Not so long ago, Labour Ministers were falling over themselves to tell us that they have closed nearly 150 “bogus” colleges. These colleges were found to be flouting immigration rules to the extreme in issuing paperwork to help people access visas for entry into Britain. The question Ministers have failed to answer so far is why they have only been condemned as “bogus” now. Isn’t that an admission of failure that the system of checking and issuing licences to the so called colleges has not worked in the first place?
I have written to Ministers on numerous occasions seeking answers about a system that seems unfair, immoral and unforgiving to many thousands of unsuspecting people who come here not to study but to work, often spending thousands of pounds to get here only to realise all too soon that things are far from the rosy picture presented to them by representatives of these colleges. Agents are employed by these “bogus” colleges in places to recruit “students” often charging them an initial fee and then equipping them with a letter from the college and bank statements at extra cost on top of the fees they are being asked to pay legitimately here in the UK.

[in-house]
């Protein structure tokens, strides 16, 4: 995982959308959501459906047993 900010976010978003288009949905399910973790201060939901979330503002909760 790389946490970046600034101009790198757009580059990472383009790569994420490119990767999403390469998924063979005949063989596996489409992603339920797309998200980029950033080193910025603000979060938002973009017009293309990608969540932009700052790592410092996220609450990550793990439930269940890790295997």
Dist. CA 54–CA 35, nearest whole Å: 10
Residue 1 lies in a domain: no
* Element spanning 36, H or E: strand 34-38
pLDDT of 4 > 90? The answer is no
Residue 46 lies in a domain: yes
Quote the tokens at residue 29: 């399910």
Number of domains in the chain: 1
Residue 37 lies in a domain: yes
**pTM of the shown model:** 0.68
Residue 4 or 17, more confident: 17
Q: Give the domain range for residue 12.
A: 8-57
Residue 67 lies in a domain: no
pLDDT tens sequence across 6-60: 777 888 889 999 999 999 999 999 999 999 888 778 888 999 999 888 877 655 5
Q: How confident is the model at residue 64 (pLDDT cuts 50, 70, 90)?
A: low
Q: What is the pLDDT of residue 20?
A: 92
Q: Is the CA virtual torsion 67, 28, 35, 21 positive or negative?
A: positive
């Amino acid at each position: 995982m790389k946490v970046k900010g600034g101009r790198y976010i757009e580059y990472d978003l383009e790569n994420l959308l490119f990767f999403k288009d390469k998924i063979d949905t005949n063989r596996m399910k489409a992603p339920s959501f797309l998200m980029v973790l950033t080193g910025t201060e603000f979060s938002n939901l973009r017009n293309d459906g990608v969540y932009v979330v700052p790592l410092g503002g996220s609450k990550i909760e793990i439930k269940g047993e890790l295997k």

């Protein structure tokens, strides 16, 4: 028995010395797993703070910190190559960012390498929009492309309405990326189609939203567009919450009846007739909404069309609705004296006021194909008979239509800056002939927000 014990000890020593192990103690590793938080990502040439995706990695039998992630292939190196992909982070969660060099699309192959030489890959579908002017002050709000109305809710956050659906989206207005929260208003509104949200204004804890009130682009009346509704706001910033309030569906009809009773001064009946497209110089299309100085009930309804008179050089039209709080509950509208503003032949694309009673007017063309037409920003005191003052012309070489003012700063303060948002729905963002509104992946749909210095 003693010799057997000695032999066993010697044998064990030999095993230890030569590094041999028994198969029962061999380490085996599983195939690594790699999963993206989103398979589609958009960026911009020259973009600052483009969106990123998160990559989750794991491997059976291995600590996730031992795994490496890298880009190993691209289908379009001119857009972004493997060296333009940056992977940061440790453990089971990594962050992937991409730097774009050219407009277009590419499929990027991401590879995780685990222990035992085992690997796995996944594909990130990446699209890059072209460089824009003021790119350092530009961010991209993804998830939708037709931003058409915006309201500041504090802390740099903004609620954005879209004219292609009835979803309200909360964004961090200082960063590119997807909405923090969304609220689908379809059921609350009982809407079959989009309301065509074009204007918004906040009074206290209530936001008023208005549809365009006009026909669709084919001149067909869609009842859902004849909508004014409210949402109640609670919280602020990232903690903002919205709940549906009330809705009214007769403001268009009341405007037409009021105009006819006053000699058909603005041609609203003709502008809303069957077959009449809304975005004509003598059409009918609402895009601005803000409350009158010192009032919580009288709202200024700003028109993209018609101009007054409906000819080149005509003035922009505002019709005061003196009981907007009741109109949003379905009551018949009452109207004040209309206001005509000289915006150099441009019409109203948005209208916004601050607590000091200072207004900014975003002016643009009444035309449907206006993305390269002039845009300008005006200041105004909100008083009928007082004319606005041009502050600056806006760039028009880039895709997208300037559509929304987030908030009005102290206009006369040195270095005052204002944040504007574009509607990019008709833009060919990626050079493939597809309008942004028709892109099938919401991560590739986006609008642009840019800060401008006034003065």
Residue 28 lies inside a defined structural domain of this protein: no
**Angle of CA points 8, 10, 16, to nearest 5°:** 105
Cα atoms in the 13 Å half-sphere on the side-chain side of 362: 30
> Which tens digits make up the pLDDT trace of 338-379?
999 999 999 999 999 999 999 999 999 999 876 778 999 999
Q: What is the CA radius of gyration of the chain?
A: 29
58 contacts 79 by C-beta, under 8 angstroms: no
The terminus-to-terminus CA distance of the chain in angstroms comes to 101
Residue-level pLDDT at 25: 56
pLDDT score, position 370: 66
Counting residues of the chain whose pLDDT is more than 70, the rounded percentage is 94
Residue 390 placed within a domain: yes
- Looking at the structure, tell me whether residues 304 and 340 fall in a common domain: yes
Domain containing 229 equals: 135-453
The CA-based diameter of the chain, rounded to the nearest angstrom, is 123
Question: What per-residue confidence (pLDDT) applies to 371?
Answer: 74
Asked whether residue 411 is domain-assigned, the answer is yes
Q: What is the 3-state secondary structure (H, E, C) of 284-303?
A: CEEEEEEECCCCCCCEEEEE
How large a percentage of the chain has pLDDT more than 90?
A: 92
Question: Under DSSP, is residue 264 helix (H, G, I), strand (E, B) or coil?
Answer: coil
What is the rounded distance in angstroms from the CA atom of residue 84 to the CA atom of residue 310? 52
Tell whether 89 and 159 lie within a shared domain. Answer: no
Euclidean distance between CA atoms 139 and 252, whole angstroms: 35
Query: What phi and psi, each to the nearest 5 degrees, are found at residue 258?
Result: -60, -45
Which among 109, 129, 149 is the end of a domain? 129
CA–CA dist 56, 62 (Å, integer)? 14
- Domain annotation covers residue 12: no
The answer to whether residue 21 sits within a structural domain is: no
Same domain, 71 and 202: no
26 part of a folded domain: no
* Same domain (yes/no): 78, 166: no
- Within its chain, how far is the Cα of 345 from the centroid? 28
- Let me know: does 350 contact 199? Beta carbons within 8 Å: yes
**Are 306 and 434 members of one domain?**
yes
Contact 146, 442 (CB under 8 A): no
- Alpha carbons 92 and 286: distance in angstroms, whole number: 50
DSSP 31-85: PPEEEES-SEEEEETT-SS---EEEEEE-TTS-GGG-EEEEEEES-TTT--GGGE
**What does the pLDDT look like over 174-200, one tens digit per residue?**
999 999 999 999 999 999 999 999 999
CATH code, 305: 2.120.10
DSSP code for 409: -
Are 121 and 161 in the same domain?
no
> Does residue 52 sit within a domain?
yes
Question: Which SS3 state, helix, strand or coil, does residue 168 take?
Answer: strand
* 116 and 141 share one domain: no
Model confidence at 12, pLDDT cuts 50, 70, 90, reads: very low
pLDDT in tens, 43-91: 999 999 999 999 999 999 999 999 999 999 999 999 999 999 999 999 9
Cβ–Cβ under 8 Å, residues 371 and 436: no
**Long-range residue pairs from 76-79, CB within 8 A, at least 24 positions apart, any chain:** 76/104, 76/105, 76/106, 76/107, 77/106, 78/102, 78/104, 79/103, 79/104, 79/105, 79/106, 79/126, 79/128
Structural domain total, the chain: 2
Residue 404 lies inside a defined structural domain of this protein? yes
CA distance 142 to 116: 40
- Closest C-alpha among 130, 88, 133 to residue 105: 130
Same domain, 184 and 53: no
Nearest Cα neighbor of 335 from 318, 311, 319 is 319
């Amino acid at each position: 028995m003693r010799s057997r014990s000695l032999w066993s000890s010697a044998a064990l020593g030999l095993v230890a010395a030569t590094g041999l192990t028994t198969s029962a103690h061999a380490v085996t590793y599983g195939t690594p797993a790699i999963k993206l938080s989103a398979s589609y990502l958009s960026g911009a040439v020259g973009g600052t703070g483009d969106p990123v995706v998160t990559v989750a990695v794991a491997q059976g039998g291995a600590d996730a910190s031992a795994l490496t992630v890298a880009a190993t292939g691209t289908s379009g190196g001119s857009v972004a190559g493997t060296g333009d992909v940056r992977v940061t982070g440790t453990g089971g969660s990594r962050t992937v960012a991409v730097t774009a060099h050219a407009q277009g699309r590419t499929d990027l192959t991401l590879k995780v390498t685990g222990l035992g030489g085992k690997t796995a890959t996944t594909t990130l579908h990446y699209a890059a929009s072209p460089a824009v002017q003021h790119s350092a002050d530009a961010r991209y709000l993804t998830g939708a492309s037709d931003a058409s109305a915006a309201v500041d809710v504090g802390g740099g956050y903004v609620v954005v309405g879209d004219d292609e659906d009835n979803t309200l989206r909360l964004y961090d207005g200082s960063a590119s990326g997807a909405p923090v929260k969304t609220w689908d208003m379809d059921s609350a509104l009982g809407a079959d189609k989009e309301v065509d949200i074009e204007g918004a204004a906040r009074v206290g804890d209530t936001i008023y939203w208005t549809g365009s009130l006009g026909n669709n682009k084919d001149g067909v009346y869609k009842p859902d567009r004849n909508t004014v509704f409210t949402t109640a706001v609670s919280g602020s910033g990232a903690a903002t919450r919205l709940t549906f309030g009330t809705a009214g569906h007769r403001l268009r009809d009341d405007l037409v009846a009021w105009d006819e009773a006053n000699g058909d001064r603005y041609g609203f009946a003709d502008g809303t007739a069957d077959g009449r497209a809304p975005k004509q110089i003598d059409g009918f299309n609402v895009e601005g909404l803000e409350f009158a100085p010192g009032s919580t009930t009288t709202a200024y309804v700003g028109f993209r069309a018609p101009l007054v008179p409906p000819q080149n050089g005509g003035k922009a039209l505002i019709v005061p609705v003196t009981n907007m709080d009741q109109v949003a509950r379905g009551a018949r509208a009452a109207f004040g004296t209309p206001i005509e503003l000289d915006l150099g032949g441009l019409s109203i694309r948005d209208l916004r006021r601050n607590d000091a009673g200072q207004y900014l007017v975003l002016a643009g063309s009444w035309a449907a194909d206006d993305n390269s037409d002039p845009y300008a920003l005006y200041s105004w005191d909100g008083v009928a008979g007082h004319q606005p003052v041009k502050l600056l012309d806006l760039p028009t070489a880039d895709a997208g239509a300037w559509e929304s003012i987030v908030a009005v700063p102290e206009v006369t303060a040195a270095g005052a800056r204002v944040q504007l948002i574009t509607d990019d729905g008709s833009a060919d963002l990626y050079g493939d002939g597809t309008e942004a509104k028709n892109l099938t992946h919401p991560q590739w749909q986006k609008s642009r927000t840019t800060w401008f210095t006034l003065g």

Britain has issued over 80,000 visas to students mainly from the Asian sub-continent in the past couples of years. The vast majority of these “students” have been processed by third party, clearing companies who are drafted in help speed up the thousands of applications being received by the consular services. Unlike in the past where students have been interviewed by consular staff to ascertain the facts of their applications as well as their competencies in English, most are now simply issued with recommendations for a visa on the basis of them submitting proof of their ability to pay the fees and expenses and a letter from a UK college or university.